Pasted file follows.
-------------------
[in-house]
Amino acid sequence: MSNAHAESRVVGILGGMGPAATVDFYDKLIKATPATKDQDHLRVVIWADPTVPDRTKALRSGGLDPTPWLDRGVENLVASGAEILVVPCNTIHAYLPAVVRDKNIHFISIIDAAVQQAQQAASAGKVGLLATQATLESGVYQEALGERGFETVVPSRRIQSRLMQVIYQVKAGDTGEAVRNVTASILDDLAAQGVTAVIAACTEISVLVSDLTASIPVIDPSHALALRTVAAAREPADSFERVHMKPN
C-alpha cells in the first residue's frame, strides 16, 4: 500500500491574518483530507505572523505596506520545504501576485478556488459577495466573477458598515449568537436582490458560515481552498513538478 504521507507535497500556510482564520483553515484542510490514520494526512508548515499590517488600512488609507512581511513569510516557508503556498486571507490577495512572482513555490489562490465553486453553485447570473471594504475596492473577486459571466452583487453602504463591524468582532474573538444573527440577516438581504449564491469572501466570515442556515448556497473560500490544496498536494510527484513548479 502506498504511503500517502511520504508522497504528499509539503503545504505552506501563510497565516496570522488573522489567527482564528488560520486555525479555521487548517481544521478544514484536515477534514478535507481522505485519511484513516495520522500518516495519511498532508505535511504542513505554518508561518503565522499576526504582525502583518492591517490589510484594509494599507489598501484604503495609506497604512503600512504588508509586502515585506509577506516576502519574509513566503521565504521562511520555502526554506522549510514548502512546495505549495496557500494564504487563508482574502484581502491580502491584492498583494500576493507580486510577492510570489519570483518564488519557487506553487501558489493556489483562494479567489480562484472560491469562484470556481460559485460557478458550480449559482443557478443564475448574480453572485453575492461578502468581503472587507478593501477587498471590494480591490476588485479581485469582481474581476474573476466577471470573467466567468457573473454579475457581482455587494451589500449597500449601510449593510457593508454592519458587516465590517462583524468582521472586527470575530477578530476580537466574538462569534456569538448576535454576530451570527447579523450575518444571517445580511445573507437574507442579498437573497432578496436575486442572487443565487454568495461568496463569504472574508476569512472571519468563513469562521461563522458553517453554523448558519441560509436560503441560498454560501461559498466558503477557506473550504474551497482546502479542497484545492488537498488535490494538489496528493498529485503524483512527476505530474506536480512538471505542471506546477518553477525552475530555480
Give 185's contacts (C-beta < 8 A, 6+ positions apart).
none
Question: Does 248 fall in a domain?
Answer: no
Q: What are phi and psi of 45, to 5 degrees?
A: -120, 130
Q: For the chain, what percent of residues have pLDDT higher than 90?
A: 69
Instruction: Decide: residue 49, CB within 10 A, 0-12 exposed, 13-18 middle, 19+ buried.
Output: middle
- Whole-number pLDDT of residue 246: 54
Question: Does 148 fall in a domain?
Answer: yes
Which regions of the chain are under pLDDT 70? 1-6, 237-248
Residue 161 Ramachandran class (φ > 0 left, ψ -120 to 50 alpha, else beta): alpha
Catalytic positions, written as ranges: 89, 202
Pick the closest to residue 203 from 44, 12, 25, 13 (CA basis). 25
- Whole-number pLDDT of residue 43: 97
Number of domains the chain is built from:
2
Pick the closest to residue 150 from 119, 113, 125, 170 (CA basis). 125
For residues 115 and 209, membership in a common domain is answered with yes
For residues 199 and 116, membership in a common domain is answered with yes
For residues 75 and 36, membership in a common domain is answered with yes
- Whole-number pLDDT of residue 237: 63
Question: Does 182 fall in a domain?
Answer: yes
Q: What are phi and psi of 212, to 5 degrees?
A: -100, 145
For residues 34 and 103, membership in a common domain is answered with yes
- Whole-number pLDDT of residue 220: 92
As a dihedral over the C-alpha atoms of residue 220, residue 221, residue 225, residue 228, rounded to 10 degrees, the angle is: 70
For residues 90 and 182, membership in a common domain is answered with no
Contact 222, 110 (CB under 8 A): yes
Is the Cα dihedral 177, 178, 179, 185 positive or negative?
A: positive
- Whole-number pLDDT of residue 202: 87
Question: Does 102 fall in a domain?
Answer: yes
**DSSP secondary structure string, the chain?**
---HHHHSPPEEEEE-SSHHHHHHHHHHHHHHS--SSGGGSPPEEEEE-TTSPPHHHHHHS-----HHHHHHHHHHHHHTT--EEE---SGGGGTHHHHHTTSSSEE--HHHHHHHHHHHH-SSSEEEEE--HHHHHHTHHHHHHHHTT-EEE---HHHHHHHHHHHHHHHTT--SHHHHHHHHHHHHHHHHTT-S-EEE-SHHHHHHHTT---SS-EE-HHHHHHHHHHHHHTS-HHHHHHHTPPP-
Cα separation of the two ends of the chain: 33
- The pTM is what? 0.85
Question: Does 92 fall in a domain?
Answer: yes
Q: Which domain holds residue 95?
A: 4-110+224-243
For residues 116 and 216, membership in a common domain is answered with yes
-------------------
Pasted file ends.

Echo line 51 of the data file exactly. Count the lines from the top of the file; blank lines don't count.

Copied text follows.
For residues 116 and 216, membership in a common domain is answered with yes